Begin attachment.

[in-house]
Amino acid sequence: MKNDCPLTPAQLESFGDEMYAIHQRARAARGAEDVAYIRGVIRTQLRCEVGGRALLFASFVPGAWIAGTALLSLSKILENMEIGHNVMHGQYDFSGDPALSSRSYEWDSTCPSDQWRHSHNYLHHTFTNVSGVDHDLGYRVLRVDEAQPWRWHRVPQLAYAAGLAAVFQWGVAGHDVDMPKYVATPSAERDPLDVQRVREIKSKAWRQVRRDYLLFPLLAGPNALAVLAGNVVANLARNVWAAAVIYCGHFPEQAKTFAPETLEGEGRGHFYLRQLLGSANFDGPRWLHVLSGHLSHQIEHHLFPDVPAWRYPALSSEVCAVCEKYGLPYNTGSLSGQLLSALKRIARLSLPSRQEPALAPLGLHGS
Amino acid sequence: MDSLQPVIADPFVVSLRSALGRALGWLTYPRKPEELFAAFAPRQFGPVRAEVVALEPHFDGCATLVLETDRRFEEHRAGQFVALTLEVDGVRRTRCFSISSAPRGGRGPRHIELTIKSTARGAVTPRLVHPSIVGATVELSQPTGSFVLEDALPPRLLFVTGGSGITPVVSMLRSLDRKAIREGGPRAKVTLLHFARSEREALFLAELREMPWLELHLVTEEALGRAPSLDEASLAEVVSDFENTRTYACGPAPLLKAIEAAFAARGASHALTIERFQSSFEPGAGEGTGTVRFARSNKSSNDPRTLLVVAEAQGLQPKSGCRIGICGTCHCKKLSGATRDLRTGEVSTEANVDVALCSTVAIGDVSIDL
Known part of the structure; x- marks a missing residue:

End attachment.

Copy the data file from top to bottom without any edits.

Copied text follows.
[in-house]
Amino acid sequence: MKNDCPLTPAQLESFGDEMYAIHQRARAARGAEDVAYIRGVIRTQLRCEVGGRALLFASFVPGAWIAGTALLSLSKILENMEIGHNVMHGQYDFSGDPALSSRSYEWDSTCPSDQWRHSHNYLHHTFTNVSGVDHDLGYRVLRVDEAQPWRWHRVPQLAYAAGLAAVFQWGVAGHDVDMPKYVATPSAERDPLDVQRVREIKSKAWRQVRRDYLLFPLLAGPNALAVLAGNVVANLARNVWAAAVIYCGHFPEQAKTFAPETLEGEGRGHFYLRQLLGSANFDGPRWLHVLSGHLSHQIEHHLFPDVPAWRYPALSSEVCAVCEKYGLPYNTGSLSGQLLSALKRIARLSLPSRQEPALAPLGLHGS
Amino acid sequence: MDSLQPVIADPFVVSLRSALGRALGWLTYPRKPEELFAAFAPRQFGPVRAEVVALEPHFDGCATLVLETDRRFEEHRAGQFVALTLEVDGVRRTRCFSISSAPRGGRGPRHIELTIKSTARGAVTPRLVHPSIVGATVELSQPTGSFVLEDALPPRLLFVTGGSGITPVVSMLRSLDRKAIREGGPRAKVTLLHFARSEREALFLAELREMPWLELHLVTEEALGRAPSLDEASLAEVVSDFENTRTYACGPAPLLKAIEAAFAARGASHALTIERFQSSFEPGAGEGTGTVRFARSNKSSNDPRTLLVVAEAQGLQPKSGCRIGICGTCHCKKLSGATRDLRTGEVSTEANVDVALCSTVAIGDVSIDL
Known part of the structure; x- marks a missing residue: